Heads up, IT folks. Today is June 30. That means there are only 30 days left until the free Windows 10 upgrade goes away.
Making matters worse, we are about to enter the July 4th holiday weekend. Holiday weekends, as most readers of this column know, are the internationally accepted times when families demand that their techies fix their computing and technology problems.
Yep, before you get that second hot dog, or pile into the family car for the trip to your family's favorite fireworks-watching spot, you better get those family computers fixed.
Otherwise Mom and Aunt Molly will have to wait until Labor Day or worse --- the holiday the Constitution specifies is dedicated to computer repair all across the country: Thanksgiving.
This holiday weekend is a bigger deal than most. This is make-it-or-break it time for Windows 10 upgrades. This is the last time you'll be able to upgrade everyone's PC to Windows 10 for free.
When it comes to Windows 10 upgrades, you don't have until National Fix Mom's Computer Day. We are nearing the end of the free Windows 10 upgrade experience. After July 29, if those of you eligible for free Windows 10 upgrades do not upgrade, you'll have to pay a hefty fee to move old Windows 7 and Windows 8 machines to Windows 10.
It's this weekend, or Mom's going to be staying on Windows 7 until she needs a new computer (which may well be a Chromebook).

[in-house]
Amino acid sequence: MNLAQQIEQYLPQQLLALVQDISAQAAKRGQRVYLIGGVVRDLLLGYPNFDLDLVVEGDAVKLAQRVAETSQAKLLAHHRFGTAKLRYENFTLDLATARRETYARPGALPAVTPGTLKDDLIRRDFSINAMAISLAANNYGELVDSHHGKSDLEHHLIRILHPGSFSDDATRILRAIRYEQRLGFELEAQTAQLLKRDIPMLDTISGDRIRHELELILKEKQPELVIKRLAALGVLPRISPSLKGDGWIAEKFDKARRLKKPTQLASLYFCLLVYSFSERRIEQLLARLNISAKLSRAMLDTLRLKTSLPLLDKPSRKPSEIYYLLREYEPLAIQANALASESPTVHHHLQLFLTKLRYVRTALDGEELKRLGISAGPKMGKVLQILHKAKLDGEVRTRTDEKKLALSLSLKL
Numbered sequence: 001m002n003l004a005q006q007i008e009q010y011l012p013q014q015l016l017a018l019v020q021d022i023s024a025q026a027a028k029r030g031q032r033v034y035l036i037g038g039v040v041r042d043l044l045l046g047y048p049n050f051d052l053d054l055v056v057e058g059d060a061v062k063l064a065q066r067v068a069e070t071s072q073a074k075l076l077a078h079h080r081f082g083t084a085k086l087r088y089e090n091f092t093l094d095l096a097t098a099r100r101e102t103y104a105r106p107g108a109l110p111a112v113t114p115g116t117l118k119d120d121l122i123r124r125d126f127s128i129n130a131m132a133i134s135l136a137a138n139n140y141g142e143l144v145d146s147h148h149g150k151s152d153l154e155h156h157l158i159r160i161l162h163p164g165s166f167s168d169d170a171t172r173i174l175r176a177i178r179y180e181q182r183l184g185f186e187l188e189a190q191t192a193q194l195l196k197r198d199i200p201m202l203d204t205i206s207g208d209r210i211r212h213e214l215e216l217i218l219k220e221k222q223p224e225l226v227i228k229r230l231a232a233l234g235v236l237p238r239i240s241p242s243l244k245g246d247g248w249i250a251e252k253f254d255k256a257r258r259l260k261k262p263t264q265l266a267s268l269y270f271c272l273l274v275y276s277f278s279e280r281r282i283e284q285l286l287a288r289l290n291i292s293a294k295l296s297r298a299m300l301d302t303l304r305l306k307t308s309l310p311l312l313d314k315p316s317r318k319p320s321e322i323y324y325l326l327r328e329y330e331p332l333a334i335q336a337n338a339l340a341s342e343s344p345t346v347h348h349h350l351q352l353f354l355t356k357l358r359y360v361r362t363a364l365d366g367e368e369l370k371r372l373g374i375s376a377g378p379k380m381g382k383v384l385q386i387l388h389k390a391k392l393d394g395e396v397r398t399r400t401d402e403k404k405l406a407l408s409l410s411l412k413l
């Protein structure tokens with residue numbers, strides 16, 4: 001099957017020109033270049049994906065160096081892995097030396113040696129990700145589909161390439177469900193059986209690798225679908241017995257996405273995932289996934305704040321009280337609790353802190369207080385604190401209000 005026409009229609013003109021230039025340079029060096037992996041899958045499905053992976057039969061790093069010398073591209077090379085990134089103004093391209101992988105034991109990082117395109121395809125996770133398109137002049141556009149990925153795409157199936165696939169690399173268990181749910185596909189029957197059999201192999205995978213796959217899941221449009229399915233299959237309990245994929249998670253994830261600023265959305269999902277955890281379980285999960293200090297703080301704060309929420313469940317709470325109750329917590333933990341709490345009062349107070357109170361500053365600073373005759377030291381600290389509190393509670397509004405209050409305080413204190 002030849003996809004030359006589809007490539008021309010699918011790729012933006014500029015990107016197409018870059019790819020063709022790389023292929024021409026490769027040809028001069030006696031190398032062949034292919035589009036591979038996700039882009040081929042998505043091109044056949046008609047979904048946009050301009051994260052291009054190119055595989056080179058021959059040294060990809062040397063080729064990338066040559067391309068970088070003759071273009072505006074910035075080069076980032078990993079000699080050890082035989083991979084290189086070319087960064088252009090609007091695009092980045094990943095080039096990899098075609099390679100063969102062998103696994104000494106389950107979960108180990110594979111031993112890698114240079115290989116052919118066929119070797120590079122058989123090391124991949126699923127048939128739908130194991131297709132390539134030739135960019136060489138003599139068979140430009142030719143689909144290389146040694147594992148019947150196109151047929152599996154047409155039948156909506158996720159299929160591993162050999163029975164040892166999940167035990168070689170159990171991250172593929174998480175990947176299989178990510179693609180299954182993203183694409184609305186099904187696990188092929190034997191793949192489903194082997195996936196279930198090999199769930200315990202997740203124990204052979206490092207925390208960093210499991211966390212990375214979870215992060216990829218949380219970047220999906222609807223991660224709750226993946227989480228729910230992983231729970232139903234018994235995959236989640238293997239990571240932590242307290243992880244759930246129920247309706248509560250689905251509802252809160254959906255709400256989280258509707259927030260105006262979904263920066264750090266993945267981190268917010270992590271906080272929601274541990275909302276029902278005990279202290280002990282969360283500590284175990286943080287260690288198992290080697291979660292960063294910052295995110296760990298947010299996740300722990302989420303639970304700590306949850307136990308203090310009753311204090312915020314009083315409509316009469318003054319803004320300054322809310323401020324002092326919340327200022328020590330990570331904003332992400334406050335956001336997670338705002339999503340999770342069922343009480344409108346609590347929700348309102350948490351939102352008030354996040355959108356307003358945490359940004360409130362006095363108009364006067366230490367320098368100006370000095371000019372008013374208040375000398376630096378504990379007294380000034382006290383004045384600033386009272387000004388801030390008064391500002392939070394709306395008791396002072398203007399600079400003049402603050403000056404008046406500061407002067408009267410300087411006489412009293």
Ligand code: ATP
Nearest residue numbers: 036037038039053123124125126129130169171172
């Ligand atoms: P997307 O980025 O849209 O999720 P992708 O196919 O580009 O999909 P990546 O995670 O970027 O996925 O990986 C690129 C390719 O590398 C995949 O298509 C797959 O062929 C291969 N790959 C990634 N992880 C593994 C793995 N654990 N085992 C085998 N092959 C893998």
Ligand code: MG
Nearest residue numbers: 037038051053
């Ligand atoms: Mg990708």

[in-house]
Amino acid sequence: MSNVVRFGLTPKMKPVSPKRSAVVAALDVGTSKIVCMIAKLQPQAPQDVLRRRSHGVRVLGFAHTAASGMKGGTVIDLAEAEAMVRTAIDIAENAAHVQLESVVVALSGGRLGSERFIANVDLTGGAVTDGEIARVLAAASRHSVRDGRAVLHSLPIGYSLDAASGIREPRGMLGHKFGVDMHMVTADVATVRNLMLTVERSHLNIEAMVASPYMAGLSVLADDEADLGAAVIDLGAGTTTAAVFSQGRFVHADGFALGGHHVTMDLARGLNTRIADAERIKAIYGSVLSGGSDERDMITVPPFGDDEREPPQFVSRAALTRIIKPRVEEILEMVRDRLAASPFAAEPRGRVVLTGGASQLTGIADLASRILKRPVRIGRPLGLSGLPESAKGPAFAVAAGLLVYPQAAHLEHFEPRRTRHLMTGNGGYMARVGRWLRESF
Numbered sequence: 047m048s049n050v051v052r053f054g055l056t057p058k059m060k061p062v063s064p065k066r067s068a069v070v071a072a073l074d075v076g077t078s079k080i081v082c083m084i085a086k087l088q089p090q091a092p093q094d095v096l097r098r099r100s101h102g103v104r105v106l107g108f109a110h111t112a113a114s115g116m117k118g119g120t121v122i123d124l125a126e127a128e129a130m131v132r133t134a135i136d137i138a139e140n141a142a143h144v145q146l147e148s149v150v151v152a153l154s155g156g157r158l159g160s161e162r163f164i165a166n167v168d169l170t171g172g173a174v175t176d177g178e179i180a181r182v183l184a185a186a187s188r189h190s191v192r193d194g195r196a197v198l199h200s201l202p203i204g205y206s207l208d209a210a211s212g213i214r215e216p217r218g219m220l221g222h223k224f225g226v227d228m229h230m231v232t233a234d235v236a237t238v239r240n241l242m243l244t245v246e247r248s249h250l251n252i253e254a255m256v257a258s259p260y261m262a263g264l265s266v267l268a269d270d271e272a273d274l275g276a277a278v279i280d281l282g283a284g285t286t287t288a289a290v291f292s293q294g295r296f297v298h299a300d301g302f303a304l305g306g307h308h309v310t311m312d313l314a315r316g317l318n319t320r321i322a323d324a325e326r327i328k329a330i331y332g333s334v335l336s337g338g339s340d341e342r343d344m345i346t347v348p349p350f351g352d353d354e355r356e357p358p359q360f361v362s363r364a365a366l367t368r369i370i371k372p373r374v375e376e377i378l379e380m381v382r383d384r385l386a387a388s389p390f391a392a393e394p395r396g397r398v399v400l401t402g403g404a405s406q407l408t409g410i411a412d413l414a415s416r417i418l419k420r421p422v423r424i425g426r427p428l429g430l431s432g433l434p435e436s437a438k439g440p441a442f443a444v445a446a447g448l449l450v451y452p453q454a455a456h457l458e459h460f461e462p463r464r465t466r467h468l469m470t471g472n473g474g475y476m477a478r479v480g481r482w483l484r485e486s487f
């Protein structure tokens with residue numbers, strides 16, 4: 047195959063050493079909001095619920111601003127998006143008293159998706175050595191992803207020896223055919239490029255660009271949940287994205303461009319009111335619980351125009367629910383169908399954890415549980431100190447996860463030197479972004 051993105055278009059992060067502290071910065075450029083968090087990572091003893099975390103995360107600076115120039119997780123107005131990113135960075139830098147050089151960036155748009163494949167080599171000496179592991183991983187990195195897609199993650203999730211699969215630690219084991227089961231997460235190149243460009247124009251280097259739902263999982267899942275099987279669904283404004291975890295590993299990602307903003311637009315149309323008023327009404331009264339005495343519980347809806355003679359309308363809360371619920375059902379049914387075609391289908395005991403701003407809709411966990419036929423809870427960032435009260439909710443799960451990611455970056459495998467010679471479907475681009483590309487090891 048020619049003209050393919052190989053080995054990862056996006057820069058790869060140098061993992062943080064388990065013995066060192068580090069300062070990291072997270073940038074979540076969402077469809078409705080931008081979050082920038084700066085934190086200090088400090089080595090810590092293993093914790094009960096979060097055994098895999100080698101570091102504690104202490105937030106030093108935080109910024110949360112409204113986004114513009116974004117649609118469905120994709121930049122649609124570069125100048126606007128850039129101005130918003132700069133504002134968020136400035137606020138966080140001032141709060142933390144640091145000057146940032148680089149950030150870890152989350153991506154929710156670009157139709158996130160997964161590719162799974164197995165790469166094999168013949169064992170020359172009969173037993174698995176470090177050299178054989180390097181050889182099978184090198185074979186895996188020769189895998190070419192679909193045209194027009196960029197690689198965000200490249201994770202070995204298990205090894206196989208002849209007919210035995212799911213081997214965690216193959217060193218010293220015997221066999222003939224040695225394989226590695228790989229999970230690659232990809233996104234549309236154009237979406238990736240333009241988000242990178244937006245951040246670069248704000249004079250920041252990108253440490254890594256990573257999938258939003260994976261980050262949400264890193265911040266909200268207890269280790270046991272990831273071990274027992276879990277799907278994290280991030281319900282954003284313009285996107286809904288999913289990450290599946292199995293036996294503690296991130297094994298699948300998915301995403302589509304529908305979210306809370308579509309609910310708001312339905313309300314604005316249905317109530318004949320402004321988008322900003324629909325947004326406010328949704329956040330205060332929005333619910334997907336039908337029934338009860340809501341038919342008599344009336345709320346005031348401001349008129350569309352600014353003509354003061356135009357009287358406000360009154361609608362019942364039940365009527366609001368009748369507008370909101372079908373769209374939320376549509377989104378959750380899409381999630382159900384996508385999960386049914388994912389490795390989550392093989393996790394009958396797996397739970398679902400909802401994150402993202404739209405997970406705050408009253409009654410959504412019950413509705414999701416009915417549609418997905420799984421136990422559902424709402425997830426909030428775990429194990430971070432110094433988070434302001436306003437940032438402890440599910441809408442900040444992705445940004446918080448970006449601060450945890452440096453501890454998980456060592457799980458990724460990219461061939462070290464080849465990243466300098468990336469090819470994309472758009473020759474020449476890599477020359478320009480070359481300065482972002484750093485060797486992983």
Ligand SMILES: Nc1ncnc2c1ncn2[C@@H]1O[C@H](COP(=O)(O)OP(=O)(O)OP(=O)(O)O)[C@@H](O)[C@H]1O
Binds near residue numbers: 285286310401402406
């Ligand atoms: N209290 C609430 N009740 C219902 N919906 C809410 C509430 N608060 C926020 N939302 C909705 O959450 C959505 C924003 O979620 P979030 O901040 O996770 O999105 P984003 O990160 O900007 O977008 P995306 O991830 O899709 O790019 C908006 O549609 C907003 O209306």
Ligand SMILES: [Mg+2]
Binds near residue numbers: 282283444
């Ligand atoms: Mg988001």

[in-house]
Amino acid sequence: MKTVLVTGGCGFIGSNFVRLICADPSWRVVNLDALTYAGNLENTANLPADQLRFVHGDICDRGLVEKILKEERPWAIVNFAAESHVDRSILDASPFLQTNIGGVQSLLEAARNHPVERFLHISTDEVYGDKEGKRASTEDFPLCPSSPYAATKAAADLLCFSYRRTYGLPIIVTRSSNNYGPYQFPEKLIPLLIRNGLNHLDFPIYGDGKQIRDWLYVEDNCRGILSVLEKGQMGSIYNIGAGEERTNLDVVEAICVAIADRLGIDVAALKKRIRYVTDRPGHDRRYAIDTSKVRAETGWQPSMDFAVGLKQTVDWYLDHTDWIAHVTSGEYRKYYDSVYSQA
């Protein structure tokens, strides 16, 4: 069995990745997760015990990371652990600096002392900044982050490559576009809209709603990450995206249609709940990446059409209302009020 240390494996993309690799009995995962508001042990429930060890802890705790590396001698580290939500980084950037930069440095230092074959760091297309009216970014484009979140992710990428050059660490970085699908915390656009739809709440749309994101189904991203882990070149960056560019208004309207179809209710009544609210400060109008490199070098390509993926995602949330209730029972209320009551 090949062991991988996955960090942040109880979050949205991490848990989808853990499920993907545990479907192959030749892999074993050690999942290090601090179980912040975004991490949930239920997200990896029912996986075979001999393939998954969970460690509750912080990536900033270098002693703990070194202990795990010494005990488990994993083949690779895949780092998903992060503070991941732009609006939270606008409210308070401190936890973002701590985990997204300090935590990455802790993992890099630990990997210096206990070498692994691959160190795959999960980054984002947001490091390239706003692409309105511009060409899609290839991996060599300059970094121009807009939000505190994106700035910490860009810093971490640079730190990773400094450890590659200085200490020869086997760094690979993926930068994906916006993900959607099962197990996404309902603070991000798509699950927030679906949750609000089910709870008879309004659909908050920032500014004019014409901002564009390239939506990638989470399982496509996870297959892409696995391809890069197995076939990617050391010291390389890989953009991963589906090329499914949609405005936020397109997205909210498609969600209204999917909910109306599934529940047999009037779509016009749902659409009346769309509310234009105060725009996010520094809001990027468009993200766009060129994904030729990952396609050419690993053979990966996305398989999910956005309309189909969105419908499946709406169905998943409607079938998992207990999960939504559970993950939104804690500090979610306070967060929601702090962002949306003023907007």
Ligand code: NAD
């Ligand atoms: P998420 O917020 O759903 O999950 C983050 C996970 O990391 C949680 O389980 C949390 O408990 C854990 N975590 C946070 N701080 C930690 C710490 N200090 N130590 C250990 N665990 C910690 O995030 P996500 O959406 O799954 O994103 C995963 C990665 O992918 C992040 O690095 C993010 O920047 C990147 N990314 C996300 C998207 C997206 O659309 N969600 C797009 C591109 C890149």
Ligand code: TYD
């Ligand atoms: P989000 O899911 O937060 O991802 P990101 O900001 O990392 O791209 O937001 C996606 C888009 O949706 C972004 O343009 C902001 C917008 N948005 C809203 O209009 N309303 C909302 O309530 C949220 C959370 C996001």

While you'll always be able to upgrade Windows for a hundred bucks or so, the fact is that's a tough expense to convince your friends and family to eat. Rather than spending more than a hundred bucks on a Windows upgrade, there's a good case to be made for moving Aunt Sally to a Chromebook or Cousin Jeff to an iPad.
There is always some risk any time you do a major OS upgrade. We decided, for example, not to update my wife's beloved Samsung Series 9 ultrabook from Windows 7. A search for "Samsung Series 9 Windows 10" shows a long stream of users with driver issues, particularly when it comes to the keyboard and trackpad.
Not all machines can be upgraded to Windows 10, so do your research before kicking off that upgrade. Additionally, anyone running something older than Windows 7 can't make the jump, at least without first upgrading to a sacrificial Windows 7 or Windows 8 license.
It's been my experience that downloading and upgrading Windows is a 2+ hour process. To save yourself some time, you might want to go to Microsoft's Windows 10 download site and download an ISO image you can bring it with you when you go on your service call, uh, family visit.
Make sure you pack along a backup drive like one of the ones I reviewed recently. I like these SSD-based drives because they're fast, and that means you'll get done faster, possibly even before the potato salad is gone.
The bottom line is pretty simple. If you don't upgrade your family this weekend, they'll either be stuck in older, increasingly less secure versions of Windows, or setting themselves on a course to an alternate computing paradigm.
Finally, if I were you, I'd pack along a spare, cheap Chromebook just in case. I've got three of them and I've taken to bringing one along to family events, just in case an upgrade goes terribly wrong or it's not possible to repair a computer after Dad tried to "fix it" using a hammer and screwdriver.
If worse comes to worst, you can power wash the Chromebook and get your family member set up and back online in a matter of minutes.
And, hey, stand your ground. You have a right to at least one slice of pie and a second hot dog. No upgrades or fixes until the geek gets fed.
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